top of page

Silent Sunday

The Silence of the Heart


The theme for this silent Sunday is the silence of the heart, where we explore moving from our head-knowing to our hearts, and how this can deepen our way of being in God and participating in the creative unfolding of life. I invite you to open your hearts as we journey together, with the music, readings, quiet prayer and reflections to guide us through this theme.

Opening music:

Open my heartAnna Hernandez
00:00 / 03:32


Open my heart, open my heart

Time: 15 minutes

Centering prayer / meditation:

 It is important to remember that we cannot use the mind to put the mind in the heart, we cannot force this with our will. Our work is to willingly relinquish our grasp on our minds, to surrender our mind to the deeper silence of the heart. This is where the method of centering prayer is such a helpful guide: when you find yourself lost in thoughts, simply and gently let go of those thoughts and return to presence using your sacred word, or your breath as an anchor to the present moment, to help to steer your attention back to here, now, to the silence outside of the mind, surrendering to the Presence of God.

I invite you to open your hearts in a time of prayer (you can choose between a guided time of prayer and a 20 minute time of simple silence below). If you find your mind wandering, gently let go of your thoughts and return to silence, to being present, to awareness of your breath or your sacred word.

Guided prayer – moving from head to heartGuided
00:00 / 11:12
Twenty minute timerSilent
00:00 / 20:28

Listen to the following music as an ending to the time of prayer:

Come be in my heartSara Thomsen
00:00 / 03:27


Wisdom, Compassion, Love, Understanding
Wisdom, Compassion, Love, Understanding
Wisdom, Compassion, Love, Understanding

Come be in my heart (come dancing)
Come be in my hands (come singing)
Come be in my feet (come running)
Come be in my working and playing
the words I am saying
my laughing, my crying
my living, my dying
Come, be in my heart, Holy One, come

Sacred Reading:

Read the following readings through twice or three times, with an attitude of open receptivity. Listen for any words that call out to you, or that draw you into the sacredness of silence.

Reading 1: Psalm 85:8-12

Listen, O people, in the silent chapel of your heart;

and the Beloved will speak of peace to you,

to the seekers of sacredness, to all who turn your hearts to Love.

Surely new life is at hand for those who reverence Love;

O, that harmony might dwell among the nations.

Steadfast love and faithfulness will meet;

righteousness and peace will embrace one another.

Flowers of faithfulness and wisdom will spring up from the ground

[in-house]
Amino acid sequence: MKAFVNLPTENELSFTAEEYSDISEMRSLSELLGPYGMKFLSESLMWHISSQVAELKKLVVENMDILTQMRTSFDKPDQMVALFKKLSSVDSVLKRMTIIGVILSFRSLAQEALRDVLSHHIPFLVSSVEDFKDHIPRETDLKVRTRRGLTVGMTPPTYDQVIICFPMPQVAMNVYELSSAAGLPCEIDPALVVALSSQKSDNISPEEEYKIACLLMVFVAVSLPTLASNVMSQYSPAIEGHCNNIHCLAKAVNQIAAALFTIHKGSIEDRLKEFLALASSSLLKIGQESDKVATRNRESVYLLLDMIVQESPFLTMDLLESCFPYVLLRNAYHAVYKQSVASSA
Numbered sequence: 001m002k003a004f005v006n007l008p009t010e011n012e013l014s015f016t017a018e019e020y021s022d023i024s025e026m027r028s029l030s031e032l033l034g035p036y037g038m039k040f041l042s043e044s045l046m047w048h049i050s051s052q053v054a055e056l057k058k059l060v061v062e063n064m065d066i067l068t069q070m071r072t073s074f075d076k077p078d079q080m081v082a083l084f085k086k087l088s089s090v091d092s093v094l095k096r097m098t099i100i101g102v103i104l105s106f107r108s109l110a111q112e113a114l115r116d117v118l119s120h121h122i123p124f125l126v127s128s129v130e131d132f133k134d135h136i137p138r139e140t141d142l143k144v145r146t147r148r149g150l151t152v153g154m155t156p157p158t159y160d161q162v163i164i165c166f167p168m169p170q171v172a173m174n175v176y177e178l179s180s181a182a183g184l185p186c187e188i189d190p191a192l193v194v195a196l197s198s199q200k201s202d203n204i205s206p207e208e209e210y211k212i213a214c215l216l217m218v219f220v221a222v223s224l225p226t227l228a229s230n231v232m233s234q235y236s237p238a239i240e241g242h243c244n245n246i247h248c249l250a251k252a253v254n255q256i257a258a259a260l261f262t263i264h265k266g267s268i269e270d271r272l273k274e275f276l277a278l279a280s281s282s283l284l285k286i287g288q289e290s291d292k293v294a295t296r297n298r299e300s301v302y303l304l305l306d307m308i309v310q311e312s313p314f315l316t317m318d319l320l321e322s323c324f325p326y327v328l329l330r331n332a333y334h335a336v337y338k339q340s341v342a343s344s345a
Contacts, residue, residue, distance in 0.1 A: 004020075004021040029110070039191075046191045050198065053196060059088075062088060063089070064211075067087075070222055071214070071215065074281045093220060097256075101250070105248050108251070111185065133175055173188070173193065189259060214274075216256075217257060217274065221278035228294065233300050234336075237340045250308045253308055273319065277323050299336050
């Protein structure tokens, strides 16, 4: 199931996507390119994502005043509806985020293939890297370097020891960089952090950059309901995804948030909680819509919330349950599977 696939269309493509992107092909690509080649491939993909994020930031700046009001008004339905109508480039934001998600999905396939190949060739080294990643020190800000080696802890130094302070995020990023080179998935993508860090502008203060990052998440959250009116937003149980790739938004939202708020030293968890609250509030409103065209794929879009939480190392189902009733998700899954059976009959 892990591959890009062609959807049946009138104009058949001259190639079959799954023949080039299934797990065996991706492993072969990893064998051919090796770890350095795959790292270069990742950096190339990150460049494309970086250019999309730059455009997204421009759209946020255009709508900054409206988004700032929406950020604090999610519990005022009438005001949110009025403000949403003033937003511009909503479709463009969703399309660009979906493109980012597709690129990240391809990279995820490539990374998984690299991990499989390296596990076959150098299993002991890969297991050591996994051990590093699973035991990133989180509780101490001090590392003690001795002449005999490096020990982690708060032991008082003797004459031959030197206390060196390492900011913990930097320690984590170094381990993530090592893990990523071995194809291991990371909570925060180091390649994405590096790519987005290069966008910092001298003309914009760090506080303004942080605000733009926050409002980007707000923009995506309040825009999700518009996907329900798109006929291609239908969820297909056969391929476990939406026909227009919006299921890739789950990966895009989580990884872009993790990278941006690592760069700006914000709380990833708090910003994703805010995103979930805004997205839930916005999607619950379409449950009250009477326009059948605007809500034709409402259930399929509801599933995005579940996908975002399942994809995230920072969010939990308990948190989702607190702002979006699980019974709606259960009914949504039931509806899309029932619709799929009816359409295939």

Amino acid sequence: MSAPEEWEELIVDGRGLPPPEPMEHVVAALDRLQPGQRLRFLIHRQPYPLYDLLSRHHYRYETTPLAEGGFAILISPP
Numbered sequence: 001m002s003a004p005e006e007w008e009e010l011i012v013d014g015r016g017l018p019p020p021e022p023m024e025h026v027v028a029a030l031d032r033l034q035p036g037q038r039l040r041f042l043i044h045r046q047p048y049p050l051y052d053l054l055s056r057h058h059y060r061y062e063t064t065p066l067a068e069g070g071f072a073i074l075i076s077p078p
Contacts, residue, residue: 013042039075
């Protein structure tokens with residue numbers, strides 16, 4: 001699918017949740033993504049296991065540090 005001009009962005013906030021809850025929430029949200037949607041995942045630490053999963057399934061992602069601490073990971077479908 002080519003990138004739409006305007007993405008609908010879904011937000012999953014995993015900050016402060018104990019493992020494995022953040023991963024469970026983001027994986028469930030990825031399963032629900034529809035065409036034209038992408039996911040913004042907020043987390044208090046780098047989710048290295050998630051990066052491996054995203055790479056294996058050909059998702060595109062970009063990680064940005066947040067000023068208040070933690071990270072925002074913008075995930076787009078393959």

and radiant truth will look down from the sky.

The Eternal Giver grants gentle rain and nourishment,

and the soil of the earth responds in joyful generosity.

Mercy and compassion are Love's way,

and will guide our footsteps upon the path of peace.

~ Based on Psalms for Praying by Nan Merrill

Reading 2:

"The shortest way to the Friend is through selfless service

  and generosity to his creatures.

Know the joy of silence in one's corner of solitude.

Drink from this Heart now for all this loving it contains.

When you look for it again, it will be dancing in the wind.

Let sorrowful longing dwell in your heart;

never give up, never losing hope.

The Beloved says, 'The broken ones are my darlings.'

Crush your heart, be broken."

~ Rumi

Reading 3:

"May our heart's garden of awakening bloom with hundreds of flowers."

~ Thich Nhat Hanh

Heart practices:

I encourage you to try the following heart practices in the next few days or weeks:

  • Consciously choose to drop from your mind into our heart, letting go of your usual narratives and feeling your heart from within. It helps to use the breath to do this, as we explored in the guided practice.

  • When you begin to experience strong emotions, especially difficult ones, become aware of how your mind tries to protect your heart - but try not to scold the mind for this, just bring your non-judgmental awareness to what is happening. Then try to stay with what you are feeling, allowing yourself to open to this experience, and at the same time allowing yourself to be held in the vast spaciousness of God's heart.

  • When you read about or listen to news of the suffering of others, make a conscious choice to open your heart and try to listen from there. Picture gradually softening and opening your heart outward to make room for those who are suffering in an expansive spaciousness, but try to feel this from within.

  • Try to become aware of your heart responses to people in your daily life, and notice when you feel as if your heart is constricting or hardening toward somebody. Gently invite your heart to soften and open in that moment - picture your heart space opening outward and being able to include this person in a kind, inclusive embrace, knowing that we are all held and embraced in the expansive heart of God.

For Further Reflection: